5 Things To Know About Becoming an Orthopedist
Editor’s Note: I’m grateful to the docs at Texas Orthopedics for contributing this guest post to The Specialist Series. Becoming an orthopedist isn’t easy. It’s incredibly competitive and difficult to break into. But, there are some amazing opportunities! Read the article to find some of them!
An orthopedist (or orthopedic surgeon) is medical practitioner who deals with the musculoskeletal system. The musculoskeletal system is comprised of bones, ligaments, joints, muscles, tendons, and connective tissue.
According to a study conducted by Medscape, orthopedists continue to be among the top-earning physicians in the medical field. There is an increased demand for orthopedists, especially with the rise in musculoskeletal problems. Opportunities abound for anyone interested in becoming an orthopedist.
In Dr. Benjamin Carson’s words, “A good surgeon doesn’t just concentrate on technical ability but also on the appropriateness of what they are doing.” Continue reading to get an in-depth understanding of how to become an orthopedic surgeon.
1. What is the Education Requirement for an Orthopedist?
Earn a bachelor’s degree in any medical field from an accredited university or college. The course undertaken should provide you with a wide range of scientific knowledge. Consider taking part in many internships while undertaking this course because it will lessen the hassle of getting into medical school.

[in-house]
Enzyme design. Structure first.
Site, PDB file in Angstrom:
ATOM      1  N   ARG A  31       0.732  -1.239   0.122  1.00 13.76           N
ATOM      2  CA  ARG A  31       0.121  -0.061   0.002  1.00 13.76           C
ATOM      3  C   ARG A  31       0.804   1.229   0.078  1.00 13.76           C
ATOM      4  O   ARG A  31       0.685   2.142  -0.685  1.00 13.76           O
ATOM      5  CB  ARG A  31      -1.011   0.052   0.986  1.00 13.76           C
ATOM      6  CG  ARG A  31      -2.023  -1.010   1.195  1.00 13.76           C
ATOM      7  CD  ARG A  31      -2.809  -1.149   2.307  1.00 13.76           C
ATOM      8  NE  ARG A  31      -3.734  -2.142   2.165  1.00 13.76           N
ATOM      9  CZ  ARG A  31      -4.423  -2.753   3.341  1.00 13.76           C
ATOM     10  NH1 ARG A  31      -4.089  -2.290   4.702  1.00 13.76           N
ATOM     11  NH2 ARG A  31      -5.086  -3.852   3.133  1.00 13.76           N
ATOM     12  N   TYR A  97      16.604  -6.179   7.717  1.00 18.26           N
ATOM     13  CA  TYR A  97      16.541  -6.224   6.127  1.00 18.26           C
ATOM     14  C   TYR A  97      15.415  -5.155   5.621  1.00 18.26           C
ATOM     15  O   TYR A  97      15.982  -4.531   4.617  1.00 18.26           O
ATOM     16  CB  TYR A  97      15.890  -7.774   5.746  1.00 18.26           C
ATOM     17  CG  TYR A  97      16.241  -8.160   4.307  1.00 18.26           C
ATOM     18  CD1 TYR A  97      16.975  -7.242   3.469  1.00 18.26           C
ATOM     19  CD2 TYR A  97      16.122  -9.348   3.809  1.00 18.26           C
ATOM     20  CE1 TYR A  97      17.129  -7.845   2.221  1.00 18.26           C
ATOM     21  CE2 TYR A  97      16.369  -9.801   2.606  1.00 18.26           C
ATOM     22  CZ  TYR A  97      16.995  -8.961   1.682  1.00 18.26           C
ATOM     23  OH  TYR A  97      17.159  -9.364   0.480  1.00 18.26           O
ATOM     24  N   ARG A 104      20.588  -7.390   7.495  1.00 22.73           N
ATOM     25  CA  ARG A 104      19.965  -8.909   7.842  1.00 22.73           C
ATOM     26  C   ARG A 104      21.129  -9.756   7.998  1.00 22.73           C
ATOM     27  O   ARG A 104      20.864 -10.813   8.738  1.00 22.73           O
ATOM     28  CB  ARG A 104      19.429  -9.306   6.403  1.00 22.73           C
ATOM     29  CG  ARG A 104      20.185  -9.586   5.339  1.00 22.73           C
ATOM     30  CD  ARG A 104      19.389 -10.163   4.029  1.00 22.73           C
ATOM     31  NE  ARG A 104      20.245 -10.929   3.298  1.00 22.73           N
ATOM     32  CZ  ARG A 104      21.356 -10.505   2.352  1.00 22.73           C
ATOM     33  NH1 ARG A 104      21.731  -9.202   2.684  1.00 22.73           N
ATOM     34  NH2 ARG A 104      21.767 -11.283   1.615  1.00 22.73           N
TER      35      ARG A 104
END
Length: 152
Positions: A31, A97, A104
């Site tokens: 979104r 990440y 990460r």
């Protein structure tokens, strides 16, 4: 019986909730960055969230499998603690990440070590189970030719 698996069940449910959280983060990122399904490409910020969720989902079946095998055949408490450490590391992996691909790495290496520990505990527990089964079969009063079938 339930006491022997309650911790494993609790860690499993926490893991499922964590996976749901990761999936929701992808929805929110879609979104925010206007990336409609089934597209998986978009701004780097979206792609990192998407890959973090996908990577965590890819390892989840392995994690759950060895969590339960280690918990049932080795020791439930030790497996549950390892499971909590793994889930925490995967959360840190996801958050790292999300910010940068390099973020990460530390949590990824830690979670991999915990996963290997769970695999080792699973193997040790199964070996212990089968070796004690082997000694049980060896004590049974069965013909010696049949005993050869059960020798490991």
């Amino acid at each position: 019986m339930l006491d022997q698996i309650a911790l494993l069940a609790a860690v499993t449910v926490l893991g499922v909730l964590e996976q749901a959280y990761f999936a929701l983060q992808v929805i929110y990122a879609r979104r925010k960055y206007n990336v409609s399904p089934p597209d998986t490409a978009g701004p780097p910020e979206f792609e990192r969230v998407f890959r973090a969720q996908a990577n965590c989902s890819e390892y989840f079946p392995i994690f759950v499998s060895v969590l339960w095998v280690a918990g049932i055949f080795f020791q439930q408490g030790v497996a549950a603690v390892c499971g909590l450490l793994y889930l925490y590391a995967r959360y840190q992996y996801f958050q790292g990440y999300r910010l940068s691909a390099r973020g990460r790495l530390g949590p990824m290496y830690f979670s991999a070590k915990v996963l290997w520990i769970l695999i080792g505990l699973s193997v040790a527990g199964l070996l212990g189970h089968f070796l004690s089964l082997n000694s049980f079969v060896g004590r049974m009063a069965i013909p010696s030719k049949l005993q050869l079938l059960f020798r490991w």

Taking your Medical College Admissions Test (MCAT) comes after completing your bachelor’s degree. The Association of American Medical Colleges (AAMC) administers this test to gauge your knowledge and skills. Passing this test guarantees you passage to a medical school, but an opportunity to retake the exam is offered to students when they fail. Orthopedics is incredibly competitive, so admissions committees will look more favorably on high MCAT scores.
Medical school takes another four years to learn sciences such as genetics, anatomy, physiology, biochemistry, and the different areas of orthopedics. You will also have to take national licensing exams that will play a part in earning you a residency spot. Keep in mind that it is essential to select a medical school with a proven record of placing its students in orthopedic residencies.
2. What Does an Orthopedics Residency Entail?
Residencies within orthopedics run for a period of typically four to five years. They are available to students with a training certificate that signifies that they can legally work under supervision. A resident does clinical rotations by working in different orthopedics departments such foot and ankle, research, trauma, hand, spine, and oncology.